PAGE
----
Stockholm is divided into many distinctive neighbourhoods, each with their own unique character. Not surprising, considering it’s a city spread across 14 major islands in an archipelago. The island topography of Stockholm is rich with historical architecture, out-door cafés, bohemian boutiques, gourmet markets, posh shopping boulevards, and thriving commercial districts. All of which is set against the backdrop of glittering blue water and gliding sailboats. The following is a list of the various neighbourhoods that make up YOUR living city – Stockholm.
Gamla Stan (the Old Town), is the original Stockholm dating back to the 13th century. Here, ornate 17th-century preserved houses line narrow cobbled streets that splinter off into alley-ways heading in all directions. This area is packed with pubs, restaurants, kitschy souvenir shops, and spectacular harbour views – making this small section the most popular destination for tourists.It’s also conveniently located between, bustling Norrmalm to the north and hip Södermalm to the south bridging the two distinct areas. The bulk of Gamla Stan is on the island of Stadsholmen. Riddarholmen, the tiny island just to the west, is also usually considered part of Gamla Stan.
What not to miss: Mårten Trotzigs gränd – the narrowest alleyway on the island at only 90 centimetres across at its narrowest point.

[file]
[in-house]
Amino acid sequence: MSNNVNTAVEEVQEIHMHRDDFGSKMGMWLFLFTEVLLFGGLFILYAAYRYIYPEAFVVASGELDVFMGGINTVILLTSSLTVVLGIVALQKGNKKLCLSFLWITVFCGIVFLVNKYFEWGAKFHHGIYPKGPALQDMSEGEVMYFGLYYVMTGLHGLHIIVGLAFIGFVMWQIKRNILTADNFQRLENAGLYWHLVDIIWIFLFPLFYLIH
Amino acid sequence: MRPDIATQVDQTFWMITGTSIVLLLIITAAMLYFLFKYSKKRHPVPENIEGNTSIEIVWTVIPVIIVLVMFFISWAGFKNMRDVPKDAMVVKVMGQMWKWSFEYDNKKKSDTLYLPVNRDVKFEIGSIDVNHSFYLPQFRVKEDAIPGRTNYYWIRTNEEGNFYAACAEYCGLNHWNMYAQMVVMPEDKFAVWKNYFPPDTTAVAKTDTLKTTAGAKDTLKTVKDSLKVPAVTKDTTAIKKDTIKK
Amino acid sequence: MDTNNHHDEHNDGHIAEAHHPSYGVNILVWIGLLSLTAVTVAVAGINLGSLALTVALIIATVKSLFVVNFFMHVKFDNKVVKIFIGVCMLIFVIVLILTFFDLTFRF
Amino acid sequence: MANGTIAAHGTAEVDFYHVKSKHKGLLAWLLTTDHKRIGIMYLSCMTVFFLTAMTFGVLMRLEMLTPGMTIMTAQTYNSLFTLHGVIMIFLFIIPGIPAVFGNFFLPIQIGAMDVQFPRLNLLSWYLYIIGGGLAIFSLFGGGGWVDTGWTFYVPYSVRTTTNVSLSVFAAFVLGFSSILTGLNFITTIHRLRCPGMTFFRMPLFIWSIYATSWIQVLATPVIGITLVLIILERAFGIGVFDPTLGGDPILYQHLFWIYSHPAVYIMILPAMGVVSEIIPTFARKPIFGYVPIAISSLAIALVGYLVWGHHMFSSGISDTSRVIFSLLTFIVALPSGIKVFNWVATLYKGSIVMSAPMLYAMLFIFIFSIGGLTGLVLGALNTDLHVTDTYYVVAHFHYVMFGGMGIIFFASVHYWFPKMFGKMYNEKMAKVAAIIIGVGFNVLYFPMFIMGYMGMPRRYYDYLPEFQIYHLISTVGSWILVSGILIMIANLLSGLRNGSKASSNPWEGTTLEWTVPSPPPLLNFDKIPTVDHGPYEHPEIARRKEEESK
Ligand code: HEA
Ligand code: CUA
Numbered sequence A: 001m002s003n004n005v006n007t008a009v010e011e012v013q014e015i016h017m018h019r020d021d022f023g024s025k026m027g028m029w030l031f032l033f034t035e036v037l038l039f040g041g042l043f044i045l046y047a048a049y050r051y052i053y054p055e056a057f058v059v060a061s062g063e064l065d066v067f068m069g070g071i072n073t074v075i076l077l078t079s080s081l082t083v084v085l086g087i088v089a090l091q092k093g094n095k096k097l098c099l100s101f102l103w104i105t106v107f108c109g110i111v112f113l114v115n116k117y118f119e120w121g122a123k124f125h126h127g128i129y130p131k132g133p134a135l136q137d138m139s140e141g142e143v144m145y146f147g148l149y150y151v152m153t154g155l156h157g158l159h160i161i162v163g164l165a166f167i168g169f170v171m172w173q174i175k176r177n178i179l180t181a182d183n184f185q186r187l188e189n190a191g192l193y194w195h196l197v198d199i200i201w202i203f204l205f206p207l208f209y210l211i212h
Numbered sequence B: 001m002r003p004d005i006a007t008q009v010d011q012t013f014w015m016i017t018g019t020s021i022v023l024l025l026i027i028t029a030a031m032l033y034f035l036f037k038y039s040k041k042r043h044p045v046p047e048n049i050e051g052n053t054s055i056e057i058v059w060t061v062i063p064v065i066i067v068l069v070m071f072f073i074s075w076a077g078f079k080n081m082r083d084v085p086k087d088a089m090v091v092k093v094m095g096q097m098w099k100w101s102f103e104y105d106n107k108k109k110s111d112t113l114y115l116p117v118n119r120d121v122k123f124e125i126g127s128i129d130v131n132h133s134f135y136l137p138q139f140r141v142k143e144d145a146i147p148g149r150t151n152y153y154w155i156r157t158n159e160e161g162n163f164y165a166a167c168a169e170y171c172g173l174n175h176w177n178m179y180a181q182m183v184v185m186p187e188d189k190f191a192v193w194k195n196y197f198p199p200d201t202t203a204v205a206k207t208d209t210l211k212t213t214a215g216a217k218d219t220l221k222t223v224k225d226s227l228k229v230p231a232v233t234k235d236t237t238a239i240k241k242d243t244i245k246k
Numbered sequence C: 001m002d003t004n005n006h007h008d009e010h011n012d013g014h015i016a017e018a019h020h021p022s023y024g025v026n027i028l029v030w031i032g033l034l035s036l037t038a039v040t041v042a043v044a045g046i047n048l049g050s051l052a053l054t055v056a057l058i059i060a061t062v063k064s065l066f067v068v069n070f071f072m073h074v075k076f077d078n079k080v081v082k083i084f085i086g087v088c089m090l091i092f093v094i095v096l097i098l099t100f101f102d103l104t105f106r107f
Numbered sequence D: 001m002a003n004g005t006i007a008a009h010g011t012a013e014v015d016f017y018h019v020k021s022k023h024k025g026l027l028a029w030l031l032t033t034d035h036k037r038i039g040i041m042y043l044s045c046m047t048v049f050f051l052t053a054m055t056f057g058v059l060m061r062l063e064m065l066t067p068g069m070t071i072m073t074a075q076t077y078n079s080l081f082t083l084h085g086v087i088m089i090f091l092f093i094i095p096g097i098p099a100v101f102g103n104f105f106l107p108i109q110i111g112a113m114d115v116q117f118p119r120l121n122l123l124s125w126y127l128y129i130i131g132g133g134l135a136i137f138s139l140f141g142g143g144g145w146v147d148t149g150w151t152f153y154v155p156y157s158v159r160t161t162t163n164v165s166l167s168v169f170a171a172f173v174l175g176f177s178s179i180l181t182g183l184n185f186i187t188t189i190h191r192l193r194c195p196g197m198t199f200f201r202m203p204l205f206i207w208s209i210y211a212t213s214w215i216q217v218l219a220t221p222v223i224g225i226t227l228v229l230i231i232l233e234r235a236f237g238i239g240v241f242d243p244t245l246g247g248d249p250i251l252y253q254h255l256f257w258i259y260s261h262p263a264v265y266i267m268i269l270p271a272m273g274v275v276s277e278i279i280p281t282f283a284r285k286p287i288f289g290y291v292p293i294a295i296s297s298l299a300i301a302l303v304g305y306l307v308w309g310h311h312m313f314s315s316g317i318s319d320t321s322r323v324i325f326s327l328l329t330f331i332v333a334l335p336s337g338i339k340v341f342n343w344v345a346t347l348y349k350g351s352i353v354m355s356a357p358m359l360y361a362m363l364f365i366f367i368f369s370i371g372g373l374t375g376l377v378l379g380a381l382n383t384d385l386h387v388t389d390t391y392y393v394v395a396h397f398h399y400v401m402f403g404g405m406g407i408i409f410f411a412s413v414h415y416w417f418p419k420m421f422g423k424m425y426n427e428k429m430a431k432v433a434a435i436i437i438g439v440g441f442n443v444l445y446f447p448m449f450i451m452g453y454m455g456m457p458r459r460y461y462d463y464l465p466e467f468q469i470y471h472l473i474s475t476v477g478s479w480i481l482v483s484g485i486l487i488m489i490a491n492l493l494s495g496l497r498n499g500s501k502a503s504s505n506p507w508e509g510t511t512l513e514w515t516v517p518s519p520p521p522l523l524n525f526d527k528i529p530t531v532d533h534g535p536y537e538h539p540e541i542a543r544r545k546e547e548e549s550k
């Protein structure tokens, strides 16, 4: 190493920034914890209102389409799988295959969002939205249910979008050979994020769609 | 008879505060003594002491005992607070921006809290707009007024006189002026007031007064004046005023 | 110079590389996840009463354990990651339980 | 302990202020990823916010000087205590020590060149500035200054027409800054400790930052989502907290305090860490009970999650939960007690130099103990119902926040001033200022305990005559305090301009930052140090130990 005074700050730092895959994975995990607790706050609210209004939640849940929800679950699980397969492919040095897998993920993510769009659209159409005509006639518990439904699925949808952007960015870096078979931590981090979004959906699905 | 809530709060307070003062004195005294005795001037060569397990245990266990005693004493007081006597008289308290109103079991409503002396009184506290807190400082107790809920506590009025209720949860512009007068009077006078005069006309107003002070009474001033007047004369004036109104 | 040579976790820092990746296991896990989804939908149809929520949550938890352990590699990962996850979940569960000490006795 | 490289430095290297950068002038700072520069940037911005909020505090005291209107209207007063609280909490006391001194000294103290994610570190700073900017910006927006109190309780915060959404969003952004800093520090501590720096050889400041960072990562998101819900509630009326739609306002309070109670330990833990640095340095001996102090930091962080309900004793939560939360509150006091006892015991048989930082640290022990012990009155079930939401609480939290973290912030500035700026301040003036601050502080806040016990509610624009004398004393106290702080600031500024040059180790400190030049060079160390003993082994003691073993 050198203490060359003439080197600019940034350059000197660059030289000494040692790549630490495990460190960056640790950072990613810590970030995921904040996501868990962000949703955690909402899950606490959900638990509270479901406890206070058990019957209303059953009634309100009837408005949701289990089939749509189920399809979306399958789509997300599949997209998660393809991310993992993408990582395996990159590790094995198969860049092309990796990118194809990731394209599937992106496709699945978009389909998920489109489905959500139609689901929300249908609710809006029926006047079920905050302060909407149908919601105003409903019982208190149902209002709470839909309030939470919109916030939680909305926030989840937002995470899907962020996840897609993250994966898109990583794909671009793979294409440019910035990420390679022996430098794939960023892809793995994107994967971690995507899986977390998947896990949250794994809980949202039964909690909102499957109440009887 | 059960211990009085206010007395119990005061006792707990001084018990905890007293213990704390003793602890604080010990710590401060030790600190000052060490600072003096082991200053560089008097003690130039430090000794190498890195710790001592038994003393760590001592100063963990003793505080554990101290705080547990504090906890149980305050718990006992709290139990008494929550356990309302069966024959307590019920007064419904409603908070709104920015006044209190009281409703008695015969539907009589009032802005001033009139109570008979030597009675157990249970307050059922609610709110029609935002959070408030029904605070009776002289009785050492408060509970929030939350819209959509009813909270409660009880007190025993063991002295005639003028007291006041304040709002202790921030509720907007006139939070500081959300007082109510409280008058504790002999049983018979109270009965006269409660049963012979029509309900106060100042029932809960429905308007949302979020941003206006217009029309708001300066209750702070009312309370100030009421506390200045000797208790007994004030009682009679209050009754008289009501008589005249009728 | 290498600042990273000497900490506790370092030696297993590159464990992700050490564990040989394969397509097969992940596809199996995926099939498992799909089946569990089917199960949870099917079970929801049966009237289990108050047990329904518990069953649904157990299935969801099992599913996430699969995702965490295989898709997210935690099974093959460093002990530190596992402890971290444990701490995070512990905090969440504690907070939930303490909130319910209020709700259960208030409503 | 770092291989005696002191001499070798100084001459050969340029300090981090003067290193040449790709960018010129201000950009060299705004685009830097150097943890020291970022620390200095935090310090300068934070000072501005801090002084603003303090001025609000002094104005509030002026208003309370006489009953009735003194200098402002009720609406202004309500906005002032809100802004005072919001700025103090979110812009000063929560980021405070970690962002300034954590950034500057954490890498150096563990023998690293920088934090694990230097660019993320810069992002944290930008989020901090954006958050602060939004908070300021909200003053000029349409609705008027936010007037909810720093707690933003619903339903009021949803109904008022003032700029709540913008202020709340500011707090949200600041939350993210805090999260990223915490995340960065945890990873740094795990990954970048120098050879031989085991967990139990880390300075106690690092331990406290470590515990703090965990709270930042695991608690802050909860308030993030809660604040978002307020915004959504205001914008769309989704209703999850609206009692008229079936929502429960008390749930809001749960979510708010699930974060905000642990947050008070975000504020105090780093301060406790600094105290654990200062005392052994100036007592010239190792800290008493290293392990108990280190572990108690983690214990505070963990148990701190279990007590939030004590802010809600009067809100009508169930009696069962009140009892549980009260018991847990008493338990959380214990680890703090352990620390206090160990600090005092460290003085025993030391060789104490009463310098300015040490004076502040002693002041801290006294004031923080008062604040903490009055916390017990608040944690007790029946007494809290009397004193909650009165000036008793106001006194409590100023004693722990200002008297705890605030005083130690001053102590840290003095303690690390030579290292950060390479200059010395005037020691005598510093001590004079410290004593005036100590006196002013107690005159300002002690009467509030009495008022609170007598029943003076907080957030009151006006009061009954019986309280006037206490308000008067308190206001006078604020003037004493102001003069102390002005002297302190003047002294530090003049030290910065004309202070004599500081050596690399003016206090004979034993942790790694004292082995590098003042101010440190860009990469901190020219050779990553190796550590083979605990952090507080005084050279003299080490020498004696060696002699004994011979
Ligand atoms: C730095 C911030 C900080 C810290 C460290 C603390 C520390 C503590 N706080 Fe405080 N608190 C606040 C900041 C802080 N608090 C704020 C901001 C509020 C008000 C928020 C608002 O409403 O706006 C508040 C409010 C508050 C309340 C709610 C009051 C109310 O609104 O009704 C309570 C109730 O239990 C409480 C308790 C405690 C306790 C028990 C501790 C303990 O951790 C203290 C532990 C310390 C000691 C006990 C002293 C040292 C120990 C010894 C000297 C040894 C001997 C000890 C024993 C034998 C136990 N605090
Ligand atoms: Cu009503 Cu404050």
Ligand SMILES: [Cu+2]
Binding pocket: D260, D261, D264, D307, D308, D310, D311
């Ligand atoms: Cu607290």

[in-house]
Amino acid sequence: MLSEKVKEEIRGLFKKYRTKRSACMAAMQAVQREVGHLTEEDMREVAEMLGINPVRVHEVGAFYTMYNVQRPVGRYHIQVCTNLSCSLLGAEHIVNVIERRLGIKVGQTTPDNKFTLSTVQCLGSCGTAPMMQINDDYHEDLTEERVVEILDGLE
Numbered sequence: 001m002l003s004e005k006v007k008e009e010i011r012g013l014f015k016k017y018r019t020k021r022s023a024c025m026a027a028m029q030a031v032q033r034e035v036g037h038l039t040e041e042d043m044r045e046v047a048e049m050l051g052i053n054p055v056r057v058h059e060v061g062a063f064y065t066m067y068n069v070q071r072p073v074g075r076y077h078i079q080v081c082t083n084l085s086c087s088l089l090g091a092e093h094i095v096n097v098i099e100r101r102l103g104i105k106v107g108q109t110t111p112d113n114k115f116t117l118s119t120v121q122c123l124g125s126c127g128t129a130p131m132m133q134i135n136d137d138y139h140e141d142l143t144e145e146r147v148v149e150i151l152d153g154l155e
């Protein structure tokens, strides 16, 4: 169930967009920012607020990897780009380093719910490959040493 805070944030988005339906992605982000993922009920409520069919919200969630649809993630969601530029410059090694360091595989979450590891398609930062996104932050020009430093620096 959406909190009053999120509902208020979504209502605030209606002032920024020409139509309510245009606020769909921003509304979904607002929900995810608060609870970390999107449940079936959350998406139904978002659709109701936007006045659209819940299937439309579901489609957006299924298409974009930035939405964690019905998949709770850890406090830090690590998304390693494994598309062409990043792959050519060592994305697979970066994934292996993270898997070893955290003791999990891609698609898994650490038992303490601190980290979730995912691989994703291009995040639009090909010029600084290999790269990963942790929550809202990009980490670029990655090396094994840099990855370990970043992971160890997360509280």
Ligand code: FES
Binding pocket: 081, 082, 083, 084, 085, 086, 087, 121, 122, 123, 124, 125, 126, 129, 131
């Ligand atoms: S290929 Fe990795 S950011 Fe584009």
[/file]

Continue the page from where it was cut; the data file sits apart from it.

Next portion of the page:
Local’s tip: Stop for a while under the chestnut tree on Brända Tomten (crossing Kindstugatan/Själagårdsgatan) and feel the heartbeat of the old city. Then head to Gråmunken Café and fika in the cellars under the city!
Norrmalm is an active and hectic district characterized by Stockholm’s buzzing Central Station, the shopping crowds in Drottninggatan, and an abundance of cultural facilities such as: Kulturhuset, the Royal Opera, St. Jacobs Church, Sweden House, and several ample parks.
The neighbourhood’s more modern areas are packed with a variety of retail shops, Stockholm’s largest department stores as well as government buildings. Despite the unavoidable tourist traffic, the vast majority of the crowds in Norrmalm are residents. This area is the beating heart of modern Stockholm.
What not to miss: Shopping in the very heart of the city. Sampling local produce on Hötorget square. The beautiful white structure of Adolf Fredriks Church, where late prime minister Olof Palme is buried.
Local’s tip: For the biggest slabs of cake and cinnamon buns this side of Uppsala – head to Café Egoiste in the MOOD Galleria. They are enormous!
Södermalm is a favorite borough among many locals. The island forms the southern part of the main city and is THE definition of urban Stockholm. A hipster revolution has turned this once working-class neighbourhood, into a hot-spot for artists, musicians, hip designers, bohemian cafés, edgy shops, and funky restaurants.